Unconventional monetary policy leads to harmful side effects
Bundesbank President Jens Weidmann believes that particular caution should be exercised when applying unconventional monetary policy measures. Before an audience of around 300 at the European Banking Congress in Frankfurt am Main, he noted that they
"come with a different risk-reward calculus than standard instruments as they have more harmful side effects." Other speakers at the event included the President of the European Central Bank, Mario Draghi.
Weidmann said that, for quite some time now, monetary policymakers in many countries had been fighting for higher inflation and, in the process, applying new, unconventional instruments; in this context, he cited the exceptionally low or, in some cases, even negative interest rates. These moves have made monetary policy the focus of intense political debate.
"The intensity reached a level that, at the end of the day, could even have a bearing on the very independence of central banks," the Bundesbank President said, adding that he regarded such independence as a key precondition for a stability-oriented monetary policy.
Temporary factors behind weak price pressure
Weidmann sees a series of temporary factors as being behind the currently weak price pressure in the euro area, which, in his view, are also feeding into long-term inflation expectations, which have remained stable at just under 2%. Between 2012 and 2014, it was the ailing economy that had dampened inflation, as governments and households tried to keep their, in some cases, worryingly high debt levels from mounting even further.
"This, too, dampened price pressures," he noted. Weidmann pointed out that, back in 2015, the European Central Bank had already estimated that such domestic factors had lowered core inflation (ie excluding food and energy prices) by up to 1 percentage point relative to the United States. In addition, crude oil prices began a steep decline in 2014; Weidmann sees this as one of the main factors behind the current low inflation. He believes this trend is now in the process of reversing itself:
"Inflation in the euro area might rise to 1½% as early as in February next year."
However, although the Bundesbank's president still sees low inflation and low interest rates as the determinants of the current situation, he spoke out against the idea of raising the ECB Governing Council's inflation target in order to increase the monetary policy leeway. The reason he gave was that
"changing the definition of price stability could damage the credibility of monetary policy".
Lowering the inflation target is likewise not an option, as this would increase the likelihood of using unconventional monetary policy measures. And at this stage, the side effects of these unconventional policy measures – including negative interest rates – are already being felt by the banking sector in the form of lower profitability. Weidmann said that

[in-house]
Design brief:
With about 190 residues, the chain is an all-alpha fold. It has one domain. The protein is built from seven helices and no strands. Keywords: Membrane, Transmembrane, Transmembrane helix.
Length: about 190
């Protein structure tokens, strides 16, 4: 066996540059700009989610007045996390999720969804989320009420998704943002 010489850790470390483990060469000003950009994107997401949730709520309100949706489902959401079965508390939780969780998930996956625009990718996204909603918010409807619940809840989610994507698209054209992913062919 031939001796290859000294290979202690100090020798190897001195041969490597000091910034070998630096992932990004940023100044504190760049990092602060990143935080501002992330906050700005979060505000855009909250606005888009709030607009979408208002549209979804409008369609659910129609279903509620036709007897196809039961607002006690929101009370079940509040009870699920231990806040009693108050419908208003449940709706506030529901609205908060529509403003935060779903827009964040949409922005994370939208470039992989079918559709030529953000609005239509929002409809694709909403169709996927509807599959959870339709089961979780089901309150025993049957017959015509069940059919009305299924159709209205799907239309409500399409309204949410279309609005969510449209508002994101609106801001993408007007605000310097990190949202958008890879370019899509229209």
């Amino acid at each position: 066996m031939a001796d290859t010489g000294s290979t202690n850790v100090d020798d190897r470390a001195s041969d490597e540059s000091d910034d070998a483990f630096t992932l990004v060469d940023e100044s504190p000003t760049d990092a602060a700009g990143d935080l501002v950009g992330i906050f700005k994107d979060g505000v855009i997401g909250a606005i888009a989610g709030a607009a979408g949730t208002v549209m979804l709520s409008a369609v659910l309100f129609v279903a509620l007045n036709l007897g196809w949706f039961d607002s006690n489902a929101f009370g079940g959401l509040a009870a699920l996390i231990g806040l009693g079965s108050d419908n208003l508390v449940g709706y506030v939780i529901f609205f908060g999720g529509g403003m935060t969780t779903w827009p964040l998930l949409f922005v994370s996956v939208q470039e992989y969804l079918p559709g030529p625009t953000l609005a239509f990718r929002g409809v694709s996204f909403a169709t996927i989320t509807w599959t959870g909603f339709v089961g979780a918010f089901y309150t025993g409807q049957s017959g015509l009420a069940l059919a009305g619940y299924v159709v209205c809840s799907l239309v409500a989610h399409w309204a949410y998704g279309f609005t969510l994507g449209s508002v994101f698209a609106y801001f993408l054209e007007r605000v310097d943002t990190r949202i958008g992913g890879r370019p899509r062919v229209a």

"monetary policy cannot turn a blind eye if banks' low profitability causes problems for monetary transmission – because, in the future, this could get central banks into trouble with regard to safeguarding price stability."
Politicians hold the key to growth
Weidmann noted that other complications and market distortions caused by the ultra-accommodative monetary policy were already beginning to surface. Sovereign bond purchases were blurring the line between fiscal policy and monetary policy, for instance, and this could ease the pressure on governments to embrace fiscal consolidation.
"Unfortunately, these market forces are the only mechanism left to set incentives for sound public finances as the European Commission has basically given up on enforcing the rules of the Stability and Growth Pact," the Bundesbank President said. It is ultimately not central banks that can put the economy on a higher growth path which would also push interest rates back up.
"It's politicians who hold the key to unlocking economic growth," Weidmann said. Structural reforms which
"the Governing Council [of the ECB] has been tireless in calling for" are necessary.
Draghi: Monetary accommodation still necessary
Weidmann's speech at the conference was preceded by remarks made by Mario Draghi, President of the European Central Bank. Draghi noted that euro-area GDP in 2016 had returned to its pre-crisis level, and that employment had grown by some four million since the crisis year of 2013. Although these were encouraging developments, Draghi still saw a need to preserve the current degree of monetary policy accommodation in the euro area in order to meet the ECB Governing Council's inflation target. He said that the ECB
"will continue to act, as warranted, by using all the instruments available within our mandate to secure a sustained convergence of inflation towards a level below, but close to, 2%". According to ECB estimates, the current measures
"are expected to raise the inflation rate by more than half a percentage point, on average, over 2016 and 2017".